About 25 ignimbrites are known on the various islands of the Azorean archipelago. Most of them can be observed on São Miguel and Terceira islands, where they are considered as associated with caldeira-forming eruptions. In the Azores, ignimbrites form generally low volume deposits, although their volumes are largely unknown due to the particular geometry of the islands and the unknown fraction entering the ocean. Except the Povoação (Duncan et al., 1999) and Fogo ignimbrites (Wallenstein, 1999) on São Miguel island, or the ignimbrites of Terceira island (Self, 1976; Guertisser et al., 2009), most ignimbrites have not been extensively studied. The Cedros ignimbrite on Faial island, is the most recent and accessible ignimbrite of the Azores. Its age (1200 B.P.) is well constrained by several C14 datings (Shotton et al., 1970; Chovelon, 1982; Madeira et al., 1995; Pacheco, 2001). It formed during one of the latest and largest explosive events of the holocene activity of the Vulcão da Caldeira (1043 m), an event certainly at the origin of the present morphology of its large caldeira (Pacheco, 2001; Forjaz et al., 2006). The deposit is easily accessible since it outcrops at the surface except when partly covered by only one, more recent, thin deposit. The ignimbrite was produced at the end of a magmatic and hydromagmatic, sub-plinian eruption, with pumice fall deposits and multiple flow / fall ash deposits located on the north-western flank of the volcano (Pacheco, 2001). A detailed mapping of the ignimbrite is proposed, based on more than 300 documented outcrops. The mapping reveals the existence of 9 different units, radially spread on the northern flank of the volcano where it forms lobes some kilometers in length. Lobes never exceed 20 m in thickness. In the upper part of the volcano, the units were largely channeled either in deep valleys carved on the steep slopes of the main cone, either in the two branches of the well marked Pedro Miguel - Ribeira Funda graben. In the lower part of the volcano, the pyroclastic density currents had rather linear trajectories, weakly influenced by the local topography. Most of the units entered the ocean at the end of their terrestrial pathways, some after jumping high sea cliffs. The volume of the ignimbrite on land is small, nearly 0.06 km3 but the fraction deposited in the ocean is not known. The ignimbrite is light grey, non-welded through its thickness, even in maximum section up to 18 m. Several lithofacies have been identified, some depending on the distance to the vent, some clearly related to the local topography. The conspicuous variations of various lithofacies along the same unit can be associated with different mechanisms of transport and emplacement.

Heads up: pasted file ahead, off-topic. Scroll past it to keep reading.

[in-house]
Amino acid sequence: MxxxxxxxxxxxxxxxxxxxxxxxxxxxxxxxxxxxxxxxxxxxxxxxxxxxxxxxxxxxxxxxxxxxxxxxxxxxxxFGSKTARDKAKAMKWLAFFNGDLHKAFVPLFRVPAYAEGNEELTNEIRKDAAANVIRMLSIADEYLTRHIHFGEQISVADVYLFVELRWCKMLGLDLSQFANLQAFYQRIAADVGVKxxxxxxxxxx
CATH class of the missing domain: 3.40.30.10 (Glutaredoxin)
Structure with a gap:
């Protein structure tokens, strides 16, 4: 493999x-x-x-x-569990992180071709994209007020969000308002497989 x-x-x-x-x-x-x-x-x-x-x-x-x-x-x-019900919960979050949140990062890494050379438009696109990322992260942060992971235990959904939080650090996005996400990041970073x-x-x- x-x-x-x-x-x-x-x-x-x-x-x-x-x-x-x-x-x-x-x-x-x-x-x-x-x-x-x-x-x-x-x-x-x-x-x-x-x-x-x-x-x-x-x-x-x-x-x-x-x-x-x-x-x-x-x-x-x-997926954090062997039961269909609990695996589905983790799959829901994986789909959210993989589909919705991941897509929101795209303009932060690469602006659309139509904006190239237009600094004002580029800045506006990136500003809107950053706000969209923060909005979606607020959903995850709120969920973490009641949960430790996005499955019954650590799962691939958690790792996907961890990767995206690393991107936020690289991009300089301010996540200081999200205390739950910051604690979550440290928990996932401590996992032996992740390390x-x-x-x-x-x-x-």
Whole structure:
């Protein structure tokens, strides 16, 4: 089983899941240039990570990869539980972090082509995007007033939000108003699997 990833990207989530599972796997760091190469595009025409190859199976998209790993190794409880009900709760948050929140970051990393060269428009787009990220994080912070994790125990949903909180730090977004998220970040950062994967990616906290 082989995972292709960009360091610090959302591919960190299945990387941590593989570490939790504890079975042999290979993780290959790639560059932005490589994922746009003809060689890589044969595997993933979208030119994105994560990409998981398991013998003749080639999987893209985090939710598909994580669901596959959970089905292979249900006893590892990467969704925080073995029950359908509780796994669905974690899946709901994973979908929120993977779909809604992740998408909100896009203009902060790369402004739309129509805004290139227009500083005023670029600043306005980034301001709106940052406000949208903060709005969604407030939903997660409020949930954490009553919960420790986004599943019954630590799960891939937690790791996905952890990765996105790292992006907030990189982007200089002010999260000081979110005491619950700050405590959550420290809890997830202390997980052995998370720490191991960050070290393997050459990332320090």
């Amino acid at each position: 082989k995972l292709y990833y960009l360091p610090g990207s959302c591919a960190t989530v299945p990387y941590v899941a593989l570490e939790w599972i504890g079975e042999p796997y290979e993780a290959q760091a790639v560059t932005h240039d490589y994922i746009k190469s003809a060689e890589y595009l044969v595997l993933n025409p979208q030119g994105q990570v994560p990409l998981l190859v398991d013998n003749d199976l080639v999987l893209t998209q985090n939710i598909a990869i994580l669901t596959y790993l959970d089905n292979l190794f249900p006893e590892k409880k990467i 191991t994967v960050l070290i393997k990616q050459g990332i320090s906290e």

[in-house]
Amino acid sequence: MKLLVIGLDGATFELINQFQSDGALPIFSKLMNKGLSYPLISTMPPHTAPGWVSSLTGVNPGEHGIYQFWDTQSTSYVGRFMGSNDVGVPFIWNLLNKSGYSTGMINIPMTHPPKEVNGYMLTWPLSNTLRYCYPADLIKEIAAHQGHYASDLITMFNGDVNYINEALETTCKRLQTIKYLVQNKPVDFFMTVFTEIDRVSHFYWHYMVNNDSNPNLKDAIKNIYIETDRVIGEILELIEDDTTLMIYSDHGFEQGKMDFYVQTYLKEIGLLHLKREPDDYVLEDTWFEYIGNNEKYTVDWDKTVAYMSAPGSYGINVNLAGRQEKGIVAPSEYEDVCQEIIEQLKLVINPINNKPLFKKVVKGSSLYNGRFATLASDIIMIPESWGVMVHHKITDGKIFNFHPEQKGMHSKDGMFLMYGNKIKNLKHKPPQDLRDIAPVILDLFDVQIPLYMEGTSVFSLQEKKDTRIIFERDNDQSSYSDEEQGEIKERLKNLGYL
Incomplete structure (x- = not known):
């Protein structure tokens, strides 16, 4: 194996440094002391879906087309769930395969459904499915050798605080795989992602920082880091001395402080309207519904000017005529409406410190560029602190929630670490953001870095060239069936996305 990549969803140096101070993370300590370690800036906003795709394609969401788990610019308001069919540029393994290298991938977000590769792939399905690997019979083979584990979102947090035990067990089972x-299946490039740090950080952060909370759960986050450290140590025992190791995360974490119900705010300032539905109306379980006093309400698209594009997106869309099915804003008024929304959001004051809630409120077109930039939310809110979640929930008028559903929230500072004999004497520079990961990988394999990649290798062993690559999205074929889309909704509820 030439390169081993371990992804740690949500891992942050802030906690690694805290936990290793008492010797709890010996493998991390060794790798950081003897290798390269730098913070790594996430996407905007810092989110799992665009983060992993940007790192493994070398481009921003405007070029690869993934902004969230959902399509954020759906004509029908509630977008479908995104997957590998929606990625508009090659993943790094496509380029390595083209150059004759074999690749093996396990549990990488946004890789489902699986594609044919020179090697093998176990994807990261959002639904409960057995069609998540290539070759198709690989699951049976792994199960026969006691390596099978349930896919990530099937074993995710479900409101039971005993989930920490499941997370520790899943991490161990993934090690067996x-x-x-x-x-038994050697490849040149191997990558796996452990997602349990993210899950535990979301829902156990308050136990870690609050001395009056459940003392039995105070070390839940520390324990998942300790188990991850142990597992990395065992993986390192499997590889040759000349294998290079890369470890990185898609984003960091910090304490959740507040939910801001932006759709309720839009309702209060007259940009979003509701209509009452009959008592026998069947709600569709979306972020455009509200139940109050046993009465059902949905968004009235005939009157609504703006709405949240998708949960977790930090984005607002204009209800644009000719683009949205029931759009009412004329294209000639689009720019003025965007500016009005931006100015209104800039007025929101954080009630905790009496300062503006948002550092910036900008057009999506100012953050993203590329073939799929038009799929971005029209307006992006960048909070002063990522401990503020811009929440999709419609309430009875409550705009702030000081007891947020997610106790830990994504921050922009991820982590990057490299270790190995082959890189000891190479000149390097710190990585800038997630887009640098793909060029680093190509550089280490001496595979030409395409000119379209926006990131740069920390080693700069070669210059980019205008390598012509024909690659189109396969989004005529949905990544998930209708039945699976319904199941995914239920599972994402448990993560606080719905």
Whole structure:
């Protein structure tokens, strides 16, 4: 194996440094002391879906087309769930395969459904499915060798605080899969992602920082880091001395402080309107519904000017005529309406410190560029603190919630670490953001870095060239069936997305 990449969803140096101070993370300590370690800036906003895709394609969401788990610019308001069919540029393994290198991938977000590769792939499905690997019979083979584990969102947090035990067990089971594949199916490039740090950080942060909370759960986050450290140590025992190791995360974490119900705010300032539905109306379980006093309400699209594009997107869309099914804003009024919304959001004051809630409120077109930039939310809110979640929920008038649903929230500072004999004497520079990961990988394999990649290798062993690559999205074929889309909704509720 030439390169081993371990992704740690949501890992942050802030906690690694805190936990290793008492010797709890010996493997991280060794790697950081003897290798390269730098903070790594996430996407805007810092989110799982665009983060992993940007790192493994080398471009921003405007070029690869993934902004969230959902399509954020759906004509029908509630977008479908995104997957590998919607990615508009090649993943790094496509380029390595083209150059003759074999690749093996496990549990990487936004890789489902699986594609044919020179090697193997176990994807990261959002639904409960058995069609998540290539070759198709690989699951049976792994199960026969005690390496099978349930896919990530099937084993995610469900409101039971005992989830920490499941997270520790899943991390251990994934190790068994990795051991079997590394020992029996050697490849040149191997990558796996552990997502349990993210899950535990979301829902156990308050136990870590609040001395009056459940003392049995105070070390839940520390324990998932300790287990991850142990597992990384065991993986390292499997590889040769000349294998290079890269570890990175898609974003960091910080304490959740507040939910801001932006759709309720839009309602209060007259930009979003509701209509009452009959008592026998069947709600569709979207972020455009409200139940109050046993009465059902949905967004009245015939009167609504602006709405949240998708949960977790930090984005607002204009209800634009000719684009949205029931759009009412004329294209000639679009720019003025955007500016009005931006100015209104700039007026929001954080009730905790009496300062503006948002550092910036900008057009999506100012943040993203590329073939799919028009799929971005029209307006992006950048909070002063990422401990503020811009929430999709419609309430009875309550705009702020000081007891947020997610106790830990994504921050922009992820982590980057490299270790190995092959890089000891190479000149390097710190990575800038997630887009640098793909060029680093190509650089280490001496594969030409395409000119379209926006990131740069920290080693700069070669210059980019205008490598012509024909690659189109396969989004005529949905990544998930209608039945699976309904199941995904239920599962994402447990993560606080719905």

5. Effect of latitudinal gradient and impact of logging on genetic diversity of Cedrela lilloi along the Argentine Yungas Rainforest.

    PubMed

    Inza, Maria V; Zelener, Noga; Fornes, Luis; Gallo, Leonardo A

    2012-11-01

    Cedrela lilloi C. DC. (cedro coya, Meliaceae), an important south American timber species, has been historically overexploited through selective logging in Argentine Yungas Rainforest. Management and conservation programs of the species require knowledge of its genetic variation patterns; however, no information is available. Molecular genetic variability of the species was characterized to identify high-priority populations for conservation and domestication purposes. Fourteen native populations (160 individuals) along a latitudinal gradient and with different logging's intensities were assessed by 293 polymorphic AFLP (amplified fragment length polymorphism) markers. Genetic diversity was low (Ht = 0.135), according to marginal location of the species in Argentina. Most of the diversity was distributed within populations (87%). Northern populations showed significant higher genetic diversity (R(2)= 0.69) that agreed with latitudinal pattern of distribution of taxonomic diversity in the Yungas. Three clusters were identified by Bayesian analysis in correspondence with northern, central, and southern Yungas. An analysis of molecular variance (AMOVA) revealed significant genetic differences among latitudinal clusters even when logging (Φ(RT) = 0.07) and unlogging populations (Φ(PT) = 0.10) were separately analyzed. Loss of genetic diversity with increasing logging intensity was observed between neighboring populations with different disturbance (Φ(PT) = 0.03-0.10). Bottlenecks in disturbed populations are suggested as the main cause. Our results emphasize both: the necessity of maintaining the genetic diversity in protected areas that appear as possible long-term refuges of the species; and to rescue for the national system of protected areas some high genetic diversity populations that are on private fields. PMID:23170208

  6. Effect of latitudinal gradient and impact of logging on genetic diversity of Cedrela lilloi along the Argentine Yungas Rainforest

    PubMed Central

    Inza, Maria V; Zelener, Noga; Fornes, Luis; Gallo, Leonardo A

    2012-01-01